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Commitment Issues

CO2 reduction

Issue 14 | June 2024

Greetings from Brussels.

The Paris Agreement marked a significant milestone in global efforts to combat climate change. In the years since, it has been followed by countless reports, conferences and summits, all dedicated to reducing global emissions. Countries have set and updated ambitious emission-reduction targets, but oftentimes failed to achieve the necessary. 

In parallel, corporations have created their own emission-reduction plans and made pledges to become net-zero. Among them are tech companies like Microsoft and Apple, but also fossil fuel giants like BP and Shell. Especially the latter plan to rely heavily on emission trading and carbon offsets to reach those goals, which is an issue in itself, as I discussed in this newsletter in February.   

Today however, I want to focus more on the companies' net-zero strategies and the effects such pledges can have. 

Making long-term commitments to reduce carbon emissions can be a powerful signal of a company's dedication to sustainability. In view of market reforms and increasingly stringent regulation, companies will be forced to adapt eventually. Companies therefore benefit from presenting themselves as front-runners with a clear plan on how they will navigate this transition. Beyond this signaling function to the markets, commitments are also an internal regulatory mechanism, ensuring that present and future management teams follow through on the promised carbon reduction strategies. 

The biggest critique of such corporate pledges is that these commitments are little more than empty promises, allowing companies to appear sustainable, without actually putting in much effort to reduce emissions. 

To counter these concerns, several initiatives support companies in their endeavor, while ensuring that those targets are rooted in science. Next to the CDP, which collects comprehensive environmental information of over 23,000 companies globally, the Science Based Targets initiative (SBTi) focuses specifically on providing a framework for companies to align their business with the Paris Agreement’s goals. The Transition Pathway Initiative (TPI) in turn caters mainly to investors and helps them to better understand how companies manage climate risks and how prepared they are for the transition. 

Even with frameworks that are rooted in science and require detailed reporting, difficulties remain. It may be that the companies making net-zero commitments are either already on a path to reducing emissions, meaning their commitments do little more than formalize existing actions, or are companies that started out with relatively low emissions, making it easy to commit to net-zero targets. 

In search of an answer to those issues, Bolton and Kacperczyk explore what motivates companies to join such commitment movements and assess the effects.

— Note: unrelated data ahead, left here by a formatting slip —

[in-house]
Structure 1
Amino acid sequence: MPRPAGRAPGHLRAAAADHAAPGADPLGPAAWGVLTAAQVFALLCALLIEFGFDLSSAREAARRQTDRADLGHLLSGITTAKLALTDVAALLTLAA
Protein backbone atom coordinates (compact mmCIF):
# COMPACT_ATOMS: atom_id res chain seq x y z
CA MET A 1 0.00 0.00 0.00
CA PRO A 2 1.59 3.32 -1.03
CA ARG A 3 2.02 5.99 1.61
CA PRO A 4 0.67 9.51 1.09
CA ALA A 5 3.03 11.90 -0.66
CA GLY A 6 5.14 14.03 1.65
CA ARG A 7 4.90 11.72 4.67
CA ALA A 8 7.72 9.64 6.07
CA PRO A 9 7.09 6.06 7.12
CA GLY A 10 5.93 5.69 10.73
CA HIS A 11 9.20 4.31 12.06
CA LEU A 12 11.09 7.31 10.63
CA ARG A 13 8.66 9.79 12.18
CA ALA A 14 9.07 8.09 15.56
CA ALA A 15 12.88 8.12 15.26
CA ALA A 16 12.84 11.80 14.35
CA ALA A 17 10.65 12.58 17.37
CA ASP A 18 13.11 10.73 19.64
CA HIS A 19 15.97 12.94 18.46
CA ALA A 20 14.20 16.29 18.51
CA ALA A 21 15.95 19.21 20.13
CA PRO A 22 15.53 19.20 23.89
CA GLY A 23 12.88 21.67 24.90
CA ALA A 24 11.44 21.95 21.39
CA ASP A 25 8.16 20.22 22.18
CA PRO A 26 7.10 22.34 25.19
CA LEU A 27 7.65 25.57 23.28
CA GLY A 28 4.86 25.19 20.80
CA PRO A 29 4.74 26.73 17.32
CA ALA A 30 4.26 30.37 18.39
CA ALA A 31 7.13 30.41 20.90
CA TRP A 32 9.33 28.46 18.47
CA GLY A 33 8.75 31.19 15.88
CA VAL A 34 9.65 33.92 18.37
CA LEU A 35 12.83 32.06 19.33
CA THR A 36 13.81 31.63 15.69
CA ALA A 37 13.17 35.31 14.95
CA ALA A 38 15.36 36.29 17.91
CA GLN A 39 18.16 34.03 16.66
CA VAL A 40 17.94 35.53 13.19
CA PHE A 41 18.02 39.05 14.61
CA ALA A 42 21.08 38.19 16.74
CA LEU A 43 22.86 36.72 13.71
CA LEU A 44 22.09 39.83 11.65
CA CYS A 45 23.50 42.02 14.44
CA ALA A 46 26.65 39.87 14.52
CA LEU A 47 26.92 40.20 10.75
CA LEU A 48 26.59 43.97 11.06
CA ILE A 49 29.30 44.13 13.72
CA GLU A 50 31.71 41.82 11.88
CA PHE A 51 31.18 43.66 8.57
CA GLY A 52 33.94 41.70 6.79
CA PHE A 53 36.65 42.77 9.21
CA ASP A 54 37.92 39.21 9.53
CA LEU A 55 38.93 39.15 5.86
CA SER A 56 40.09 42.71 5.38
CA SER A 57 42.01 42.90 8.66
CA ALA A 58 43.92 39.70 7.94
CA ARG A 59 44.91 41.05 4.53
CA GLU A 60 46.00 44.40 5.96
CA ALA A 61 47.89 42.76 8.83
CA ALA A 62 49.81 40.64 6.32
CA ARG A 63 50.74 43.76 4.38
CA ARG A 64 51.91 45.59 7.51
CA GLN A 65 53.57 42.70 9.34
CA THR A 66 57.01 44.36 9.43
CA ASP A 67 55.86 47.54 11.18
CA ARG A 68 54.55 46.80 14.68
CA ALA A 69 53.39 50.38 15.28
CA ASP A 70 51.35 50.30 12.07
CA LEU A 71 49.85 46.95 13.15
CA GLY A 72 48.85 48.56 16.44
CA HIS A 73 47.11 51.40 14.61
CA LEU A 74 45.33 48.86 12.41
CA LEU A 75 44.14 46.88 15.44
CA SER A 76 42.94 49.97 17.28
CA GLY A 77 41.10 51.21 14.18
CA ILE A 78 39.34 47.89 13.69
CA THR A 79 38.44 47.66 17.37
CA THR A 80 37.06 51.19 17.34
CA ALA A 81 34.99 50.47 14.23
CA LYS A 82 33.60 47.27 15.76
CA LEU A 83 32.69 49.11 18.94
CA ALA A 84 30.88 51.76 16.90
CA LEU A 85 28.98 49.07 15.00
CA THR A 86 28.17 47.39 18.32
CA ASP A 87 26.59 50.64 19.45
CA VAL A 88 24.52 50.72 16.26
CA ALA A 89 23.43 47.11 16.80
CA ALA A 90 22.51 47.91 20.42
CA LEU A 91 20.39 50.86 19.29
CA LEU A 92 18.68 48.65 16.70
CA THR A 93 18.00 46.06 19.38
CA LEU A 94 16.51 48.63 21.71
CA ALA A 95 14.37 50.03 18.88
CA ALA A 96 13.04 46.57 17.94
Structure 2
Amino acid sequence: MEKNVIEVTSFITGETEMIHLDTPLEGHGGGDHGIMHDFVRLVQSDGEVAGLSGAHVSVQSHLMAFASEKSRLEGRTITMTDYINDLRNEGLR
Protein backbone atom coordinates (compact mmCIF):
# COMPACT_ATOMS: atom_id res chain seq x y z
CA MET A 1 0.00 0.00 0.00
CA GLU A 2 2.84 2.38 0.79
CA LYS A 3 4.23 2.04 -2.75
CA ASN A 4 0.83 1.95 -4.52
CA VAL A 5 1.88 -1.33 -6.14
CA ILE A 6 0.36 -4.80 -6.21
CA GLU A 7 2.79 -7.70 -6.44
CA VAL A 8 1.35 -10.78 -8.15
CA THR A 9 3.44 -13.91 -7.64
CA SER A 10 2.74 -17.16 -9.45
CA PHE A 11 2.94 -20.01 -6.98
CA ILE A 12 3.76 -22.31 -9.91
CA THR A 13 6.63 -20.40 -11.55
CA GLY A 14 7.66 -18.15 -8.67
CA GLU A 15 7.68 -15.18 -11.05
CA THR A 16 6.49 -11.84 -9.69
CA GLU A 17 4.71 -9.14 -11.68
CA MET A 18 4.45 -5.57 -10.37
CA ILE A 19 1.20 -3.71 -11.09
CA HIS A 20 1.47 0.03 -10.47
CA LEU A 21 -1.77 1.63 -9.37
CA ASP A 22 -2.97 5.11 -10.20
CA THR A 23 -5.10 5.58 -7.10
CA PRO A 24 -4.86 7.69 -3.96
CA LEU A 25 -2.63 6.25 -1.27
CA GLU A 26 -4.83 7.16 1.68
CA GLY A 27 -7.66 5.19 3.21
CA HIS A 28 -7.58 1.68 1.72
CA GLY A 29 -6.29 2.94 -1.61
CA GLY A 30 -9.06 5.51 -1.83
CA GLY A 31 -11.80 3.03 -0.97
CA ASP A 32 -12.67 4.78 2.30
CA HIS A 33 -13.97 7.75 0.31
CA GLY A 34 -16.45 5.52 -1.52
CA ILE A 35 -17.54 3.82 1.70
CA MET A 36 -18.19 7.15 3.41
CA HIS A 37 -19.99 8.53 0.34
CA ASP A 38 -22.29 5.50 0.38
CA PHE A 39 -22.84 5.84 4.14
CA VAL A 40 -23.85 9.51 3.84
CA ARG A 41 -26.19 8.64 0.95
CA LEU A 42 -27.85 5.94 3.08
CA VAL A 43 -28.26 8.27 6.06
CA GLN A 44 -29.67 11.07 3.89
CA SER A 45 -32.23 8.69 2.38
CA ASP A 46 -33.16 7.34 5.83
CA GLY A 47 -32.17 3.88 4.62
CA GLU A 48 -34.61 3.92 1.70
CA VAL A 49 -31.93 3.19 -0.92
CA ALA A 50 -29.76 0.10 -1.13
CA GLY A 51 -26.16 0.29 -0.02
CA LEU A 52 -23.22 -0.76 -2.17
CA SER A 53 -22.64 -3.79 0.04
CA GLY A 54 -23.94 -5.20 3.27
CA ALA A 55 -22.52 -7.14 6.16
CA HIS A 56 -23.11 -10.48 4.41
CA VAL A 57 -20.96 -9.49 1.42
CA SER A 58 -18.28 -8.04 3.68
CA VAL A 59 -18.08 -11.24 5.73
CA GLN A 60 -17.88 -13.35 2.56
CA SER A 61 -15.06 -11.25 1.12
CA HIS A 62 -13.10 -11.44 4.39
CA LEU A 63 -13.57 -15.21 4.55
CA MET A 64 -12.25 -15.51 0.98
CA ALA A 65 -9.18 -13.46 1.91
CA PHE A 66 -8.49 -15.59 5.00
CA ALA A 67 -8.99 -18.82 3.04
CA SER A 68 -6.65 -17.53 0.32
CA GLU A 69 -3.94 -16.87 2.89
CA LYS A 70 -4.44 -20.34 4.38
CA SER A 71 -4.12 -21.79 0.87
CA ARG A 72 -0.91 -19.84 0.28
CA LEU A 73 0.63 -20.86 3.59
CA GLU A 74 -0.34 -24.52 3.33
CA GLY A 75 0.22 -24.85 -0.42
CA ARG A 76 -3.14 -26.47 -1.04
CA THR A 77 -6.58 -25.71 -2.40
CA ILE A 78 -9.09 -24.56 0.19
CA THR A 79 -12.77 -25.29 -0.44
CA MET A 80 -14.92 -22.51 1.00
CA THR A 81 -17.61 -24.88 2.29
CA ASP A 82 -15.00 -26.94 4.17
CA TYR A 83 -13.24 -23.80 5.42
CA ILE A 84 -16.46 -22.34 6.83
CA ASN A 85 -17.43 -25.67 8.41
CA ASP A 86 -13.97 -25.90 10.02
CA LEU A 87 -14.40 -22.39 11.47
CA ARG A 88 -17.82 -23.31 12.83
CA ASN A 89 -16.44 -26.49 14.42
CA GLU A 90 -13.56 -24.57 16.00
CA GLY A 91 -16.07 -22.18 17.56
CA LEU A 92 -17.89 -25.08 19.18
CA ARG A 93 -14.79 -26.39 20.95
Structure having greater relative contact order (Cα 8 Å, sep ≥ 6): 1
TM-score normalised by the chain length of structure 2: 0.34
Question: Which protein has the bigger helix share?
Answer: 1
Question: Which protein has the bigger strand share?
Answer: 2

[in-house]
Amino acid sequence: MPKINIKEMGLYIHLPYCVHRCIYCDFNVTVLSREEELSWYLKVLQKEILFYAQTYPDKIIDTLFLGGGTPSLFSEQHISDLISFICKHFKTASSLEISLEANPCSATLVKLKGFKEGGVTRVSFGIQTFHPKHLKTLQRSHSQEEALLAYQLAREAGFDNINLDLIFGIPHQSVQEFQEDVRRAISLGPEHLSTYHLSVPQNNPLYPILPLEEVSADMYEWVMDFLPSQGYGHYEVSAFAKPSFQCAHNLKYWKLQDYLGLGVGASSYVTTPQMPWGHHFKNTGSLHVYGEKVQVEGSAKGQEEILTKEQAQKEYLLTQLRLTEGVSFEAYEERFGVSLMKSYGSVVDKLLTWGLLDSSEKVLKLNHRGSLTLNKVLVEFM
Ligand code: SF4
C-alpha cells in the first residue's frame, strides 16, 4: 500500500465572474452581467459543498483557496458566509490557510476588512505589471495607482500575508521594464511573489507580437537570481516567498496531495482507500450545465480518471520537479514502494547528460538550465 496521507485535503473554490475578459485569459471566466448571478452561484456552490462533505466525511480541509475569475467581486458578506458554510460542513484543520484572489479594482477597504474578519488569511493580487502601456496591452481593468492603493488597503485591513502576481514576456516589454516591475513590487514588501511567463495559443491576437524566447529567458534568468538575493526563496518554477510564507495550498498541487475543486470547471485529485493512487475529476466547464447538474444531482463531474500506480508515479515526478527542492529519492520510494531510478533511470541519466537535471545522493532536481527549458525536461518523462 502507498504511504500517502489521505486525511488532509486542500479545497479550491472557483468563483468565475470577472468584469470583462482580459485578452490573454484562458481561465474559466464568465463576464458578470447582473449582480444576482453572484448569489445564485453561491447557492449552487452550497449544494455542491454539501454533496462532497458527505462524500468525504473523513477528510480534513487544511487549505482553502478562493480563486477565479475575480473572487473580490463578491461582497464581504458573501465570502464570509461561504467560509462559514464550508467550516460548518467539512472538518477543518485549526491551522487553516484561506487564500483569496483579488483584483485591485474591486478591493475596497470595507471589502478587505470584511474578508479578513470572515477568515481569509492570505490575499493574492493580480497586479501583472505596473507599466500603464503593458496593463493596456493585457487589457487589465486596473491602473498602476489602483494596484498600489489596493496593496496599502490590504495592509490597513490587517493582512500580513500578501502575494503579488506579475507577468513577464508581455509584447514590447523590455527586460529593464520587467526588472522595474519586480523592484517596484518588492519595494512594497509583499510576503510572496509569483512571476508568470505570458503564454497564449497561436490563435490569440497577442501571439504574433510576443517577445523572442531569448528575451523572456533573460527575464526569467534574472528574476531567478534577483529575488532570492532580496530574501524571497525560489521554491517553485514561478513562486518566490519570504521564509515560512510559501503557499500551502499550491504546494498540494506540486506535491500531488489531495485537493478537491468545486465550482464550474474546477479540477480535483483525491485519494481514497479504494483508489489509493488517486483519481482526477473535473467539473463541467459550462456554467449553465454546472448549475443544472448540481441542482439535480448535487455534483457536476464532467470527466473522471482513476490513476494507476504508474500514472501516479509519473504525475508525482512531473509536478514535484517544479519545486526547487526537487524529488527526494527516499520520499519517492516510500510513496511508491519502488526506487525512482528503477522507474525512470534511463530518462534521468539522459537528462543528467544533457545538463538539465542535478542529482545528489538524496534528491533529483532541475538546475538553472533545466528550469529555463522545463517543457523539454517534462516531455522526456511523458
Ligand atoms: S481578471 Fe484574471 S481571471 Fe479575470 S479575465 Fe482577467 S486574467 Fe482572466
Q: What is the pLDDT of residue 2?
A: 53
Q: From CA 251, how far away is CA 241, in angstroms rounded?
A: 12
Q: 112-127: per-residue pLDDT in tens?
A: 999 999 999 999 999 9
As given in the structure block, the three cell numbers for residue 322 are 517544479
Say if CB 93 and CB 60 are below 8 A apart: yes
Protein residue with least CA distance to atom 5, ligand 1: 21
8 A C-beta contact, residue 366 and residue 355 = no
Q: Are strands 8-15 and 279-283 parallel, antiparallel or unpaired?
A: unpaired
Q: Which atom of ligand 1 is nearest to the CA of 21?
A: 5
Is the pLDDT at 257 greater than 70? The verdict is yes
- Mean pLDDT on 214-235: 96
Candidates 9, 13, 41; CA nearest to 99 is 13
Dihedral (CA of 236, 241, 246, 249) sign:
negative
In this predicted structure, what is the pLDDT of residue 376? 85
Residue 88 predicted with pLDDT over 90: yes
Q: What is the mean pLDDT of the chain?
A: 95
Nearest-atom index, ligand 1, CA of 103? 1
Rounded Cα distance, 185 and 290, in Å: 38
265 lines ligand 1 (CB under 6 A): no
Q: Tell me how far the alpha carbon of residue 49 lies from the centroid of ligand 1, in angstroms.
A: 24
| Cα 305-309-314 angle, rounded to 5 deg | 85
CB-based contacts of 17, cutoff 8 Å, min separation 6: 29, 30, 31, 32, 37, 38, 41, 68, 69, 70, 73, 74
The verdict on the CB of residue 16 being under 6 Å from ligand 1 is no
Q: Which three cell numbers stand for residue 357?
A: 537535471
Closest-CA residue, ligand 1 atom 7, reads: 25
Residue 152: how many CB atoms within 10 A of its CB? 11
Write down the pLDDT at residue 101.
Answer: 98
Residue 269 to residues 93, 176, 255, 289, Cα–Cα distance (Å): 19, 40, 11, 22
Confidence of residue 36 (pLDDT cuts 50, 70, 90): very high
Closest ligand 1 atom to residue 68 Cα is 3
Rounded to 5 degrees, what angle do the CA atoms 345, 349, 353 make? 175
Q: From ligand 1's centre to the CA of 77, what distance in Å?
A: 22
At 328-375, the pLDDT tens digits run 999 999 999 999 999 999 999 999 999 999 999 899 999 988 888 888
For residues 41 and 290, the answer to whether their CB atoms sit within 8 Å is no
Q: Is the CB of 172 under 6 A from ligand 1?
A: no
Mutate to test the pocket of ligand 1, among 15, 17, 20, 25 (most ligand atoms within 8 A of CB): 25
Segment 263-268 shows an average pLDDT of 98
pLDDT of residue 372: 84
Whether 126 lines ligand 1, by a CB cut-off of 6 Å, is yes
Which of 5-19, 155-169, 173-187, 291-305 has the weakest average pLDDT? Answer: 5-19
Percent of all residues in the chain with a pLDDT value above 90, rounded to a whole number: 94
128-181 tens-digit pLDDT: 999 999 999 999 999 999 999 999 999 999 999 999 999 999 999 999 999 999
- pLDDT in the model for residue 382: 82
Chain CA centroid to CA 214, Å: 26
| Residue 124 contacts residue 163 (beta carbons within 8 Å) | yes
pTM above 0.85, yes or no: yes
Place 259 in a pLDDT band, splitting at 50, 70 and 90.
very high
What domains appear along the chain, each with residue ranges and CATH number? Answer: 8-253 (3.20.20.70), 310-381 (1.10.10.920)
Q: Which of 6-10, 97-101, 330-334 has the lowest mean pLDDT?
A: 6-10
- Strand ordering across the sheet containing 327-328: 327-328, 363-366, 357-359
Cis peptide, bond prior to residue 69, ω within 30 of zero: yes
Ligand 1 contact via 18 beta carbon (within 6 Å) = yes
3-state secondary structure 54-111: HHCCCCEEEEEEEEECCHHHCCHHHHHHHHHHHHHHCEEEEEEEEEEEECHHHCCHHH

On the positive side, they find that the companies that commit do significantly lower their emissions and often set ambitious targets that go beyond what they were sure to be able to deliver anyway. 

However, despite these reductions, the overall emissions in those companies’ sectors change only marginally. The companies committing so far generally have lower emissions to begin with, while those with higher emissions either do not commit or make half-hearted commitments.

To enhance the effectiveness of these initiatives, the researchers find that both internal and external corporate governance are crucial in driving commitments. Additionally, support from public policy and pressure from institutional investors is necessary to persuade more companies to join decarbonization efforts. Peer pressure also plays a role, as companies in industries with higher commitment rates are more likely to commit themselves.

The joint pressure from policy-makers, investors and peers in recent years pushed more companies to commit to decarbonization and over half of the world’s largest companies have declared net-zero targets by now.

Making a commitment is an important first step, but there are further challenges to address. Reporting of climate-related information still varies, not only between jurisdictions, but even between companies, making it difficult for investors to properly compare their efforts. Scope 3 emissions, which make up a significant part of many companies' carbon footprint, remain particularly challenging, both politically and in practice. These regulatory differences and uncertainties in turn discourage companies from fully committing to strategic changes. Finally, we should not forget about the social dimension of this transition, making sure that no one is left behind in the move towards a sustainable future. 

Overall, many questions remain. I already look forward to discussing further ideas and solutions with you at the 2024 ECGI Responsible Capitalism Summit in Berlin in September, which centers around the topics I touched upon in this newsletter.

Until then I wish you an enjoyable summer and will return with a new edition of the newsletter after the ECGI Summit. 

What is your outlook on corporate net-zero commitments? Let me know in the poll below.

Cordially yours, 




Poll results



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Marleen Och is a PhD researcher at KU Leuven, Belgium.
She works in the field of sustainable finance and corporate governance, writing about shareholder engagement and sustainability.

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